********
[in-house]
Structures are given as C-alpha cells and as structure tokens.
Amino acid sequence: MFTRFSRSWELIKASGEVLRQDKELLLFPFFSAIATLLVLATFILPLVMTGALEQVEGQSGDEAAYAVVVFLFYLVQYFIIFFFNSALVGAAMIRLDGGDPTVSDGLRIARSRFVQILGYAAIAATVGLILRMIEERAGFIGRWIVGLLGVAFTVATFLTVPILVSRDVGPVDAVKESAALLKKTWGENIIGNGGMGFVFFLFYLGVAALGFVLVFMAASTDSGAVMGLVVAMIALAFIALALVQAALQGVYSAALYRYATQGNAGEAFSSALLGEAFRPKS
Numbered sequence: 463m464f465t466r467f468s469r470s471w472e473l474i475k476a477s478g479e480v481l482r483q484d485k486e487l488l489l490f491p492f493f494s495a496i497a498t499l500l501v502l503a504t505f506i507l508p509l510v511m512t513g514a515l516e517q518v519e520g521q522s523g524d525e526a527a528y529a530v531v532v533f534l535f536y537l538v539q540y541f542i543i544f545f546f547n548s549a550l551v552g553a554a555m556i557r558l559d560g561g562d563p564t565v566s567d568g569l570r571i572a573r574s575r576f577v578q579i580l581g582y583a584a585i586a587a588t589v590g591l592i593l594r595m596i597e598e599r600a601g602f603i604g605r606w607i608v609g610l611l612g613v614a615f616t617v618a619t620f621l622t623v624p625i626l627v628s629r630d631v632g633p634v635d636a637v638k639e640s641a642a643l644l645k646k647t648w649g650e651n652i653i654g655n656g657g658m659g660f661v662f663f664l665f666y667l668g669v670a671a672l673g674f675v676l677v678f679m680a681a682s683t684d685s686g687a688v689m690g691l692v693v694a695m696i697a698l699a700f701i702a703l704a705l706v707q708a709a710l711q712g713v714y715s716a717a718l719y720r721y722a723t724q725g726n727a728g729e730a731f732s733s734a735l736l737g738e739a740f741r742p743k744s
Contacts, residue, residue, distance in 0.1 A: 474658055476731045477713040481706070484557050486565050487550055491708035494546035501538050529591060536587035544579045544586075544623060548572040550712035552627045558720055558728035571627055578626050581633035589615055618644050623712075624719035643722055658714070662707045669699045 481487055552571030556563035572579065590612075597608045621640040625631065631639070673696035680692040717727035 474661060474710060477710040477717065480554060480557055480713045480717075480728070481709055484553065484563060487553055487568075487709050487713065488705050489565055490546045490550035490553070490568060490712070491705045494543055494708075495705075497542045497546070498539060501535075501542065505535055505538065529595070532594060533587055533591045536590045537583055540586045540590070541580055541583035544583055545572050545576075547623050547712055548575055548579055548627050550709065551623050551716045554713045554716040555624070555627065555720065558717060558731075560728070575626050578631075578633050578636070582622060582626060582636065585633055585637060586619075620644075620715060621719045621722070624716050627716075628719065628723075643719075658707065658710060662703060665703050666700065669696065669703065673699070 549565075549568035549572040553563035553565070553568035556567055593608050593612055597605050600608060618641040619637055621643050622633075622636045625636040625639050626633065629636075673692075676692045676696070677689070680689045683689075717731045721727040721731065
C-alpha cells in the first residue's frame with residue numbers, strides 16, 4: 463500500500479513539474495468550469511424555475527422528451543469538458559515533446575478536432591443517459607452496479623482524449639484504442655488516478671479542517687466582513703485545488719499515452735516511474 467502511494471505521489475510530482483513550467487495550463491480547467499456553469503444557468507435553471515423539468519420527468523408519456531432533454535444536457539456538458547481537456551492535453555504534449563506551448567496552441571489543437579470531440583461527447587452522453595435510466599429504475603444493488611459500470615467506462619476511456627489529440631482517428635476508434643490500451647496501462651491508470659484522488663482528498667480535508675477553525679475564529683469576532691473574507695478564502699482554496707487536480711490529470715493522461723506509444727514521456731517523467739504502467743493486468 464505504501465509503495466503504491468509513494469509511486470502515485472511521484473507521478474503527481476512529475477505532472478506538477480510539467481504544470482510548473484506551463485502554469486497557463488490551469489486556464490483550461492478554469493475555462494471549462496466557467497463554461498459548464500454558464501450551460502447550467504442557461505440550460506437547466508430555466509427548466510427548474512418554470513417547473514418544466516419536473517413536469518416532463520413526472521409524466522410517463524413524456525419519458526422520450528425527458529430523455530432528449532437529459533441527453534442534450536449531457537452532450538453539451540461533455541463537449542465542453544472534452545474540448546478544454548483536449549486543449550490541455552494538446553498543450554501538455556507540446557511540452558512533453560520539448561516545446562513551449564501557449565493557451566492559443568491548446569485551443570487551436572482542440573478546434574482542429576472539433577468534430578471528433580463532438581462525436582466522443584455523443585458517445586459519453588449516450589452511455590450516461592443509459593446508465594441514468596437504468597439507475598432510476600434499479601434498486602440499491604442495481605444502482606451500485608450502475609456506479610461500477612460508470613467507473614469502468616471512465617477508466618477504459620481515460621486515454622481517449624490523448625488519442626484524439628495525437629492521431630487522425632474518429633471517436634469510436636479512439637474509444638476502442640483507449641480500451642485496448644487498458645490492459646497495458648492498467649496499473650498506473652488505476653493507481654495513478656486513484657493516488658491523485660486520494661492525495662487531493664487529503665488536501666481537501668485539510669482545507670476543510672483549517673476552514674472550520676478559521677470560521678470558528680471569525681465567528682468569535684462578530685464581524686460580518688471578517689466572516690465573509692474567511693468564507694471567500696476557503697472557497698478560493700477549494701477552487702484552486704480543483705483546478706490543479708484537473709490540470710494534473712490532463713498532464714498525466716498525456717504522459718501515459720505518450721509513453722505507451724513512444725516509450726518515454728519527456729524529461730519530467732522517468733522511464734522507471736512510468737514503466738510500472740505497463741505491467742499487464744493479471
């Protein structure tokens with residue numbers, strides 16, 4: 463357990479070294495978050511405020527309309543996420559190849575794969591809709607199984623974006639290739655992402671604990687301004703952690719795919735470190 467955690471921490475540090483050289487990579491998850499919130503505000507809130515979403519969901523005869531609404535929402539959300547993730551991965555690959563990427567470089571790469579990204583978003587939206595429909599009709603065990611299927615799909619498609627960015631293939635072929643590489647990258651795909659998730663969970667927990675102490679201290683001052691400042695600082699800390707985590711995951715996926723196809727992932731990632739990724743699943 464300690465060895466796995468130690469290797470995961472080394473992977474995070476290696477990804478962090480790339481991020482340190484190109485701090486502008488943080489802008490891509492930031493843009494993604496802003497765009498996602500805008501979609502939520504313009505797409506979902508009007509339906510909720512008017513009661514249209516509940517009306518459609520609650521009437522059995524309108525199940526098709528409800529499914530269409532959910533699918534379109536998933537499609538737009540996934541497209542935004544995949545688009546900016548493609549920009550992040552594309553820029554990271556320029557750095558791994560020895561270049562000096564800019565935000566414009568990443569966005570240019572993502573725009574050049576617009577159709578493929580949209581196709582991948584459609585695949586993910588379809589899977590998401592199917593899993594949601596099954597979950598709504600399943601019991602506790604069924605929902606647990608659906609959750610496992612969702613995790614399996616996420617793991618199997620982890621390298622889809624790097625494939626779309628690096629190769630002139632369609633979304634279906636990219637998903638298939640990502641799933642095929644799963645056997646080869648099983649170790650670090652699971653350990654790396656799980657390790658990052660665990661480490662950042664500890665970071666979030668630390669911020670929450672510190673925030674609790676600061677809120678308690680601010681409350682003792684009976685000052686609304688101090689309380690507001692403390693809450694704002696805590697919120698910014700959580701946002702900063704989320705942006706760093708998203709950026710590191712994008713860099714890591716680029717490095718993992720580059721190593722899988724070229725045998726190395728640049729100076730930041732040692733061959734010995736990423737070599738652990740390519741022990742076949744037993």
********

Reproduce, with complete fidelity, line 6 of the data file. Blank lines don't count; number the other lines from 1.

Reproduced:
C-alpha cells in the first residue's frame with residue numbers, strides 16, 4: 463500500500479513539474495468550469511424555475527422528451543469538458559515533446575478536432591443517459607452496479623482524449639484504442655488516478671479542517687466582513703485545488719499515452735516511474 467502511494471505521489475510530482483513550467487495550463491480547467499456553469503444557468507435553471515423539468519420527468523408519456531432533454535444536457539456538458547481537456551492535453555504534449563506551448567496552441571489543437579470531440583461527447587452522453595435510466599429504475603444493488611459500470615467506462619476511456627489529440631482517428635476508434643490500451647496501462651491508470659484522488663482528498667480535508675477553525679475564529683469576532691473574507695478564502699482554496707487536480711490529470715493522461723506509444727514521456731517523467739504502467743493486468 464505504501465509503495466503504491468509513494469509511486470502515485472511521484473507521478474503527481476512529475477505532472478506538477480510539467481504544470482510548473484506551463485502554469486497557463488490551469489486556464490483550461492478554469493475555462494471549462496466557467497463554461498459548464500454558464501450551460502447550467504442557461505440550460506437547466508430555466509427548466510427548474512418554470513417547473514418544466516419536473517413536469518416532463520413526472521409524466522410517463524413524456525419519458526422520450528425527458529430523455530432528449532437529459533441527453534442534450536449531457537452532450538453539451540461533455541463537449542465542453544472534452545474540448546478544454548483536449549486543449550490541455552494538446553498543450554501538455556507540446557511540452558512533453560520539448561516545446562513551449564501557449565493557451566492559443568491548446569485551443570487551436572482542440573478546434574482542429576472539433577468534430578471528433580463532438581462525436582466522443584455523443585458517445586459519453588449516450589452511455590450516461592443509459593446508465594441514468596437504468597439507475598432510476600434499479601434498486602440499491604442495481605444502482606451500485608450502475609456506479610461500477612460508470613467507473614469502468616471512465617477508466618477504459620481515460621486515454622481517449624490523448625488519442626484524439628495525437629492521431630487522425632474518429633471517436634469510436636479512439637474509444638476502442640483507449641480500451642485496448644487498458645490492459646497495458648492498467649496499473650498506473652488505476653493507481654495513478656486513484657493516488658491523485660486520494661492525495662487531493664487529503665488536501666481537501668485539510669482545507670476543510672483549517673476552514674472550520676478559521677470560521678470558528680471569525681465567528682468569535684462578530685464581524686460580518688471578517689466572516690465573509692474567511693468564507694471567500696476557503697472557497698478560493700477549494701477552487702484552486704480543483705483546478706490543479708484537473709490540470710494534473712490532463713498532464714498525466716498525456717504522459718501515459720505518450721509513453722505507451724513512444725516509450726518515454728519527456729524529461730519530467732522517468733522511464734522507471736512510468737514503466738510500472740505497463741505491467742499487464744493479471